Perpetual Rebellion: Rereading Forough Farrokhzad

Let Us Believe in the Beginning of the Cold Season
Forough Farrokhzad
New Directions
2022, 128 pp., $16.95

In a speech on the virtues of female chastity, Iran’s supreme leader Ayatollah Khamenei informed an audience of young poets that it was for the best that Forough Farrokhzad, Iran’s most famous twentieth century poet, died suddenly in a car crash in 1967, at the age of 32. He warned his audience: “Young girls should not imagine that, if they want to write poems from the bottom of their heart, and to express their true emotions and feelings, they should go to the extremes.” He advised that aspiring poets not follow the example of Farrokhzad. After all, he reminded his listeners, “it is good to keep a limit” on what poets are permitted to say in the Islamic Republic of Iran.

More than any other Iranian poet, Forough Farrokhzad refused to limit what she said to topics pre-approved by society or the state. She lived exactly as she wrote: impassioned and impulsive, refusing to obey society’s mores. Her poems were—and are—unprecedented in their bold treatment of topics long considered too explosive and political for poetry, such as women’s desire and sexual yearning. Yet for all their obviously sexual content, Farrokhzad’s poems also have a spiritual dimension. In a new volume published by New Directions, Let Us Believe in the Beginning of the Cold Season, Elizabeth Grey, who made her reputation as a translator of Persian with her rendering of Hafez in 1995, introduces us to this feminist poet who was gifted with an astonishing ability to traverse material and spiritual realms. Farrokhzad had a difficult life: she endured a difficult marriage, survived multiple suicide attempts and was interned in an asylum. When she finally secured a divorce, she lost custody of her child. Yet, even during her most intense personal struggles, Farrokhzad managed to write poetry that changed the world.

Even Farrokhzad’s most metaphysical poems are taut with the immediacy of desire and the yearning that feeds on distance. “I flee from you so that, far from you, I may open / the road to the city of desires,” she writes to her unnamed lover. In “God’s Rebellion,” part of a stunningly defiant sequence of poems originally included in her 1958 collection, Rebellion, and newly translated by Grey for this volume, Farrokhzad imagines herself as God. In this divine capacity, she orders “the caretakers of the universe / to pick the moon’s yellow leaf from the branch of night.” To this majestic image, Farrokhzad adds a mark that is distinctly her own. Directly confronting the entire patriarchal tradition of Persian poetry which extends back over a millennium, she writes, “after thousands of years of silence my tired hands / would cast down the mountains into the open mouth of the sea.”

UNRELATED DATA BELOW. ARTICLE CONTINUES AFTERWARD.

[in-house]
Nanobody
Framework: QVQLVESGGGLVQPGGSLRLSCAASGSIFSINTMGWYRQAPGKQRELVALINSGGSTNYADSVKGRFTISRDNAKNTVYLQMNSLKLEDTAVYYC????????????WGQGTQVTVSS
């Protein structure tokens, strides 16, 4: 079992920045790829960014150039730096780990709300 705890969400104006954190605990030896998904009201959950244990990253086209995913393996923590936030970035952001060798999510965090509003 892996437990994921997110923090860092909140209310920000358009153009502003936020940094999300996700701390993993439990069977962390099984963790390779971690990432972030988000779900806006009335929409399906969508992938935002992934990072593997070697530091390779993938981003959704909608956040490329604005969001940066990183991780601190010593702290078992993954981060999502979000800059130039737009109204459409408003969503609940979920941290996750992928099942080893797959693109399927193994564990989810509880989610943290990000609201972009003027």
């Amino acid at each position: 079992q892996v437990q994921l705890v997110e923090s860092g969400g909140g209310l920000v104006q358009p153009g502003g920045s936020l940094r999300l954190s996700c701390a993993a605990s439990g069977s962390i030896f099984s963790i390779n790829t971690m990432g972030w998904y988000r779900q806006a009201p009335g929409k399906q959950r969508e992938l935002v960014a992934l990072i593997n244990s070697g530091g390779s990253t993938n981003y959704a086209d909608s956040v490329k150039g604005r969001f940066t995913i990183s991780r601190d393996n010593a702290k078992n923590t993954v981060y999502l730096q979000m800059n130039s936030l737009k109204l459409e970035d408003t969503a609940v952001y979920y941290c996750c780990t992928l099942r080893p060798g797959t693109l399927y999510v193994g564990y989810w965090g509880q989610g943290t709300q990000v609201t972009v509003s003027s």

Farrokhzad inverts Hafez’s imagery, turning it into an explicit rejection of the existing order. An impassioned inversion of Hafez seals Farrokhzad’s confrontation with centuries of Persian poetry written by men. Hafez’s “green fields of heaven” have been taken as a symbol of paradise for centuries and thereby made acceptable even to conservative Muslims. As God, Farrokhzad imagines ordering the angels “to boil the water of Heaven’s river in the furnace of Hell.” “Burning torch in hand,” she declares that she will “drive the flock of pious ones / out of the green debauched pasture of Heaven.” Centuries earlier, Hafez had evoked a similarly defiant mood, by undermining the cliché that “God’s pen has made no error in creation” with the sarcastic rebuttal: “Bravo to our master’s innocent eyes that ignore faults.”